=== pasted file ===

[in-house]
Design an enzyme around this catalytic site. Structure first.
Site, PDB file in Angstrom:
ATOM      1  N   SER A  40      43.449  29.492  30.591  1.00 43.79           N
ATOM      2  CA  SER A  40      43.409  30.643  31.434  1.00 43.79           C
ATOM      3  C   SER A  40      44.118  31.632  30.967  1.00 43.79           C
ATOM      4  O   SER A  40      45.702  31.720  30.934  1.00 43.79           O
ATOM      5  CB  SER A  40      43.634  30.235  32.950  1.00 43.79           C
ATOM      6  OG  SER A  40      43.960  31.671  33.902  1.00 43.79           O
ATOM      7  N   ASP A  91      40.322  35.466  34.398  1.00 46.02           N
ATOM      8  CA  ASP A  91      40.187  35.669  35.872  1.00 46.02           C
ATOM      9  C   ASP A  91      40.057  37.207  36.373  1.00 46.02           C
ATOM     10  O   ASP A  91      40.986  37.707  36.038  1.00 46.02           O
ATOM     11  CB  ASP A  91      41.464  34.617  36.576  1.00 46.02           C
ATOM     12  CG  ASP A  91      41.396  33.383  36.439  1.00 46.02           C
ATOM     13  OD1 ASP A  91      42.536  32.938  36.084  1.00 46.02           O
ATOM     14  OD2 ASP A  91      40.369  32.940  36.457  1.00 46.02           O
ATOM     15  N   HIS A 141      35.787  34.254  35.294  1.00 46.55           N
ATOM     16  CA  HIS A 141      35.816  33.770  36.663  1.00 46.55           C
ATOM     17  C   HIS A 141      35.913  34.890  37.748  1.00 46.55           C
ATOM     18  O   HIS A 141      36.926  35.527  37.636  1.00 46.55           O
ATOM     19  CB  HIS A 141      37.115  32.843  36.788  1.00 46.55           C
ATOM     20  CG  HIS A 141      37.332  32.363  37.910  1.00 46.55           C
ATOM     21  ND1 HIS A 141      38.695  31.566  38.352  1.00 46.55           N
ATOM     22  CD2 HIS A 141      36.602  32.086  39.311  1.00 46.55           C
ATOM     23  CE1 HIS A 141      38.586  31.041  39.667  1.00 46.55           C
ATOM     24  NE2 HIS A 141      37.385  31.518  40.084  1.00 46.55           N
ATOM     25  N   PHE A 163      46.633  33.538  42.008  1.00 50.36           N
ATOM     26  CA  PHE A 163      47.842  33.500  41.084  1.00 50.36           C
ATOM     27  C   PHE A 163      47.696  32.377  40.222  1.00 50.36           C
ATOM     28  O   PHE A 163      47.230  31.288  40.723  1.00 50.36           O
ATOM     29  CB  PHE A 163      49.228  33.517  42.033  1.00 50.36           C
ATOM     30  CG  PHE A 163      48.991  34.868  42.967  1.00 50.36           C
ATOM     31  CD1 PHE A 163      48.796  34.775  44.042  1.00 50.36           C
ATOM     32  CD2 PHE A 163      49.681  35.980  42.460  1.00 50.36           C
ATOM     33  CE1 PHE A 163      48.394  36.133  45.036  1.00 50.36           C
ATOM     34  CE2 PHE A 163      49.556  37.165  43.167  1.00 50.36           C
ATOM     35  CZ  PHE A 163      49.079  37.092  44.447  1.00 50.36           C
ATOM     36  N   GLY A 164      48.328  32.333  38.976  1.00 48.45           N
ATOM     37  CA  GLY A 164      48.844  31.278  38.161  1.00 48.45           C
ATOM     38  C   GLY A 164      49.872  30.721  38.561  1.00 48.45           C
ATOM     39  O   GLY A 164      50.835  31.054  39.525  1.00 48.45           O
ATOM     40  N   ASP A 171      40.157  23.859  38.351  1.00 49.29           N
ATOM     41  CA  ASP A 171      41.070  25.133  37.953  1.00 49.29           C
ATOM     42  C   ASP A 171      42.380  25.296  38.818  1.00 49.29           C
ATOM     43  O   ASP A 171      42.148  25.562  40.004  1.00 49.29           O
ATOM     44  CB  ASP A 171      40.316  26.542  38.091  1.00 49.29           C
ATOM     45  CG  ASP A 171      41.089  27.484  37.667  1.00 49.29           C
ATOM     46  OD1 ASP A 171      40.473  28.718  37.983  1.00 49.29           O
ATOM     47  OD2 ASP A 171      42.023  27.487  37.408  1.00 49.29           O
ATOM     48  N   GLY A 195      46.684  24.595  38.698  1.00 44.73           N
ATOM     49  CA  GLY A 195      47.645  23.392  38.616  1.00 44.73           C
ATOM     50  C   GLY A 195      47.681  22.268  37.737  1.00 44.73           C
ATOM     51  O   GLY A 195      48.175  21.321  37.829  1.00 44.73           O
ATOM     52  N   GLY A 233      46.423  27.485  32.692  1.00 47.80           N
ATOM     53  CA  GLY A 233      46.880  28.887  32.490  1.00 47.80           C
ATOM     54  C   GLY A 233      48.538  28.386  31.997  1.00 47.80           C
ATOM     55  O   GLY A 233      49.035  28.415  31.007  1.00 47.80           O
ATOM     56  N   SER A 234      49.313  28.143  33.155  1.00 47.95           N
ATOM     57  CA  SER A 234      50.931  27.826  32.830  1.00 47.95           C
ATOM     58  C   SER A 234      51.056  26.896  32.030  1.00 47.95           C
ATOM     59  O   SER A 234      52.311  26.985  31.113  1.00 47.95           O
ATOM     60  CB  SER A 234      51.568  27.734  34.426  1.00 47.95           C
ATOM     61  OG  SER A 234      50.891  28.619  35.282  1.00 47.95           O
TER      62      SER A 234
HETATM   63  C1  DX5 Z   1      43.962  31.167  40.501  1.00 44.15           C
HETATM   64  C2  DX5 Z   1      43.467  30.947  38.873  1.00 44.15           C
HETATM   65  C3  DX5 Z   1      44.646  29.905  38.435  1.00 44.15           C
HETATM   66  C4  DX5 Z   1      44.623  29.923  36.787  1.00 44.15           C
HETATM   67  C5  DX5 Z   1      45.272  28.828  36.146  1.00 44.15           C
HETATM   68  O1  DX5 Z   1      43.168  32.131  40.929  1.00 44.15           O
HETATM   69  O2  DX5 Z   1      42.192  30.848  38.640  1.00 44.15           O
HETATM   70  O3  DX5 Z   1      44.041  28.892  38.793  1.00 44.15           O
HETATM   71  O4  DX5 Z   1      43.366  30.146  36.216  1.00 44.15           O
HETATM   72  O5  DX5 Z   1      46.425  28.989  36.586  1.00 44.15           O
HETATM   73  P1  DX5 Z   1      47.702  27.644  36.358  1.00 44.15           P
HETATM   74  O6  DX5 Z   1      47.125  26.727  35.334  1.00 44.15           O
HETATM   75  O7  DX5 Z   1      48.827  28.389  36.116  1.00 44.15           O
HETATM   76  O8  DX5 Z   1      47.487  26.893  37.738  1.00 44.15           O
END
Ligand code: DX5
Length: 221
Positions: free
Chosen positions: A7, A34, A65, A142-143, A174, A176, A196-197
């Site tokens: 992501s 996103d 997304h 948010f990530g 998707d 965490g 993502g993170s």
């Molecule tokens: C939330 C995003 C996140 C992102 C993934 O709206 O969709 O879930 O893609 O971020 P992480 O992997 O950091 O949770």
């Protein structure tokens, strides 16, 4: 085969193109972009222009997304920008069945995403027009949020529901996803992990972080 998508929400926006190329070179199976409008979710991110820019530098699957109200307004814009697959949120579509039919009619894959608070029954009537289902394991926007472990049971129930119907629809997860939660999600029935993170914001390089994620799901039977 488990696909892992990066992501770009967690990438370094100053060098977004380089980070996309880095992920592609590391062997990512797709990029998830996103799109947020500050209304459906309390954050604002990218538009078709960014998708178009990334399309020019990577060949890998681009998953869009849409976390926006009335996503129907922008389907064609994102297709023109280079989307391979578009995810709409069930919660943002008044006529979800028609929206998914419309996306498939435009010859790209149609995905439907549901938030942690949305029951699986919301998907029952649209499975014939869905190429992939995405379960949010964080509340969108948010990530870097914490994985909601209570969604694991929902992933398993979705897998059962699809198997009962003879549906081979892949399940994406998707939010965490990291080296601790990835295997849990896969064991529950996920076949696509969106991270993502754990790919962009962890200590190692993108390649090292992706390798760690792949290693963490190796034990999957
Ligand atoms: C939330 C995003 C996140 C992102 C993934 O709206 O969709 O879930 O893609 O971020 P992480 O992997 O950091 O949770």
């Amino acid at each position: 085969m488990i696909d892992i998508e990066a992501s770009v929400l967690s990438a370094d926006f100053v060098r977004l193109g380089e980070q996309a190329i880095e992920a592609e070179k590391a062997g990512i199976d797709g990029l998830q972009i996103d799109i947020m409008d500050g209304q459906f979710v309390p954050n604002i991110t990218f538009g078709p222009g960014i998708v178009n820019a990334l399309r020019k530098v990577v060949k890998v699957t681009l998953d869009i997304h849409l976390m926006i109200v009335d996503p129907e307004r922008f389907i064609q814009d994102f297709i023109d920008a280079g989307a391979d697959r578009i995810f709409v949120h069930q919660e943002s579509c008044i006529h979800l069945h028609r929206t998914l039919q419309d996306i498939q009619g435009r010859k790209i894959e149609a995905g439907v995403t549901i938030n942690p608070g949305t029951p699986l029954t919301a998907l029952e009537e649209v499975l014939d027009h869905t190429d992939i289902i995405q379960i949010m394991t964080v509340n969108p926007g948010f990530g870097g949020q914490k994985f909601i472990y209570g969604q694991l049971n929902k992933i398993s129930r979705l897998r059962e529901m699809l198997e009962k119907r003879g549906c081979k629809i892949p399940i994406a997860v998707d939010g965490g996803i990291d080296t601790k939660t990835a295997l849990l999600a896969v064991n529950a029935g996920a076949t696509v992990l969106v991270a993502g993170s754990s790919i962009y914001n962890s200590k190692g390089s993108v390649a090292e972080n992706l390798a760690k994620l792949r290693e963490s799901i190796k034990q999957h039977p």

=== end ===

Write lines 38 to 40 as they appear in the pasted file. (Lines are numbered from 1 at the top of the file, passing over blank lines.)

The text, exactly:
ATOM     35  CZ  PHE A 163      49.079  37.092  44.447  1.00 50.36           C
ATOM     36  N   GLY A 164      48.328  32.333  38.976  1.00 48.45           N
ATOM     37  CA  GLY A 164      48.844  31.278  38.161  1.00 48.45           C